SpaceX is making final preparations for its first all-civilian launch on Wednesday, September 15.
The Inspiration4 mission carrying four crew members will lift off from Launch Complex 39A at Kennedy Space Center using a Falcon 9 rocket and a Crew Dragon spacecraft. A five-hour launch window opens at 8:02 p.m. ET.
All eyes are now on the weather. The most recent data from the U.S. Space Force’s 45th Weather Squadron suggests a 70% chance of favorable conditions for launch on Wednesday evening. There’s some concern over the possible development of “shower activity” along the Space Coast, but hopefully the 70% figure will hold and the launch will be able to take place on time.
Besides the launch site, the mission planners also need to consider the weather conditions along the rocket’s ascent corridor and the portion of the Atlantic Ocean where the booster will set down on a droneship. Conditions at potential landing sites off the Florida coast for the crew’s return three days after launch also need to be considered.
We’re waiting for a forecast regarding the return schedule, but Sunday’s announcement of a five-hour launch window suggests mission planners are happy with the incoming data and intent on launching on Wednesday evening.
Should unsettled weather conditions prompt SpaceX to delay the mission, a new launch window will open 24 hours later at 8:02 p.m. ET on Thursday, September 16.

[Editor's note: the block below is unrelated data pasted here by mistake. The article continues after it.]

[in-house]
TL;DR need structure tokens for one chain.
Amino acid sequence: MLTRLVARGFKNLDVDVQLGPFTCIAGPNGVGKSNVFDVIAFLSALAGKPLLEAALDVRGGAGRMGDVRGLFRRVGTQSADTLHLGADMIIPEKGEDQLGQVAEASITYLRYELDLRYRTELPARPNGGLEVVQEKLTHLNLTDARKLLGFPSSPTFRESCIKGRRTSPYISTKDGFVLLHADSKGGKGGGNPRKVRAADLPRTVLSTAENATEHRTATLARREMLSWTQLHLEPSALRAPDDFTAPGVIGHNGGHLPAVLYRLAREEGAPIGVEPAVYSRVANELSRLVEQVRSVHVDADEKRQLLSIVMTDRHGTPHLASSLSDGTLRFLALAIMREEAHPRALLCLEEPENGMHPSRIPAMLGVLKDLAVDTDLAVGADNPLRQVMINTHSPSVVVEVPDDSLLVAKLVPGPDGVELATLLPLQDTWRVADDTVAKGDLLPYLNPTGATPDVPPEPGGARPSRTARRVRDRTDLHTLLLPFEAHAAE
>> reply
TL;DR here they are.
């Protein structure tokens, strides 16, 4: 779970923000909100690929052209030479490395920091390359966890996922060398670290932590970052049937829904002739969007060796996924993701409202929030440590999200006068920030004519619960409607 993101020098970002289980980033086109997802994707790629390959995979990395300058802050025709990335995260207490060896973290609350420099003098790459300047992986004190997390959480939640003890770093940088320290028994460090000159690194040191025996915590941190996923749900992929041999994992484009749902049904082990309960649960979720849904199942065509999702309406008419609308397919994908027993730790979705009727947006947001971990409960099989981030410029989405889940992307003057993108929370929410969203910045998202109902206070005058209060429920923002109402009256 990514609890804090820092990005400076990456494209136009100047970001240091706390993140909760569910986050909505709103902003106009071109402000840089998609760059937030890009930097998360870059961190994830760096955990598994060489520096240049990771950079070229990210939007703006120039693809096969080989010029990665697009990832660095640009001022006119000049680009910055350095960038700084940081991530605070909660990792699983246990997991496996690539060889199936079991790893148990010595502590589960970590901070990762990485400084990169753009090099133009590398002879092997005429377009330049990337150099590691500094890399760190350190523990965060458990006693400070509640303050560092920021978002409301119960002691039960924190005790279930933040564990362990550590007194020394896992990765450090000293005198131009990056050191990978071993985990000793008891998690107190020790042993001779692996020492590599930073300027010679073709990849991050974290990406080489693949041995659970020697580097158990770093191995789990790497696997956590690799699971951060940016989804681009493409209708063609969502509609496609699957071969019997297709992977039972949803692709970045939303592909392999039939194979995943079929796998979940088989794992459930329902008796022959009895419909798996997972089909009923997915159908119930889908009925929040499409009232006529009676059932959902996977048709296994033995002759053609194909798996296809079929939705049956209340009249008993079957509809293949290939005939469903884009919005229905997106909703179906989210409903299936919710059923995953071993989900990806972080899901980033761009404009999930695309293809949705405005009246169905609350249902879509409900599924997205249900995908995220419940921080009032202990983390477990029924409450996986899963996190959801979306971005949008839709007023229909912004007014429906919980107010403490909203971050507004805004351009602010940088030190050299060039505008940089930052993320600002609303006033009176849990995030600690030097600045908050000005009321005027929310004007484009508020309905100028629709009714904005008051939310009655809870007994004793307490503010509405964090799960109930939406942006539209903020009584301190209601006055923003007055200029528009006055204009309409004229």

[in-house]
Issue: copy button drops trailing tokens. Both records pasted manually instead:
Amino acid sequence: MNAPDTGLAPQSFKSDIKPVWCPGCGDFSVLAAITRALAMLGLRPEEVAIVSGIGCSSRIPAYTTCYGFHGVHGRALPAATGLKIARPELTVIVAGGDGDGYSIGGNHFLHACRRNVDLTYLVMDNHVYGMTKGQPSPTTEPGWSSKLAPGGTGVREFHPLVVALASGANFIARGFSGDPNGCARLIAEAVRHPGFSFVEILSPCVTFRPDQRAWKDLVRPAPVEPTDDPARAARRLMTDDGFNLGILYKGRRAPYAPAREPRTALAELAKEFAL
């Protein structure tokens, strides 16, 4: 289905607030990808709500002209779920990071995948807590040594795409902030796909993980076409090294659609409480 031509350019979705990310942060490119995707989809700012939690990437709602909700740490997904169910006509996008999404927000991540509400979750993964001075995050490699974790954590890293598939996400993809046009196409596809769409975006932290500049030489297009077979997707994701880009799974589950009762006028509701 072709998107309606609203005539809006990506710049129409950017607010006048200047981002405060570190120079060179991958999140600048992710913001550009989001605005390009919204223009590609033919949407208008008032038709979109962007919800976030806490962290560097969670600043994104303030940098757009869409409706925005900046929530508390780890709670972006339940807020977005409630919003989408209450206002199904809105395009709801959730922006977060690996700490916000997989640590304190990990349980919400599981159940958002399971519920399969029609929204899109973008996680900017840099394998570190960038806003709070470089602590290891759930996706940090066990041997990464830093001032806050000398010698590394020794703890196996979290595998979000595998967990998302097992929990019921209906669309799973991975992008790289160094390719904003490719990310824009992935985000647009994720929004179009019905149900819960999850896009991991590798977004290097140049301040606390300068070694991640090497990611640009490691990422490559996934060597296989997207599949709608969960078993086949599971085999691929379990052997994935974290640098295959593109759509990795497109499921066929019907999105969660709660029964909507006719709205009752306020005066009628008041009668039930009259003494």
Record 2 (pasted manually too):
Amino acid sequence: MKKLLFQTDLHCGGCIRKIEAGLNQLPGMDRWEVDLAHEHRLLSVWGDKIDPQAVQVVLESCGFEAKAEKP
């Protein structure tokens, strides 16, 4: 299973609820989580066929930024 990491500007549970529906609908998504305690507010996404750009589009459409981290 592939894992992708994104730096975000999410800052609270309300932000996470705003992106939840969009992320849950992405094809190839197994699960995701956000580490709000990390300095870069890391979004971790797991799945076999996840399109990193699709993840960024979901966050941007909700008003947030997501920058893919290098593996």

SpaceX and the Inspiration4 crew are set to carry out a full rehearsal of launch day activities on Sunday evening, with a static fire test of the Falcon 9 rocket also expected to take place.
The four-person crew, led by Shift4 Payments CEO Jared Isaacman who secured the orbital flight in a private deal with SpaceX, has been engaged in intense training for the last six months. Isaacman’s goal is to use the mission to increase the profile of St. Jude Children’s Research Hospital in Memphis, Tennessee, and also to raise funds for the facility. SpaceX hopes the flight will pave the way for more civilian missions as it seeks to increase its revenue streams.
A docuseries following the mission has already started on Netflix, and the show plans to carry the launch live on Wednesday.
No Netflix? No problem. You can also watch the mission get started via We. Here’s all you need to know.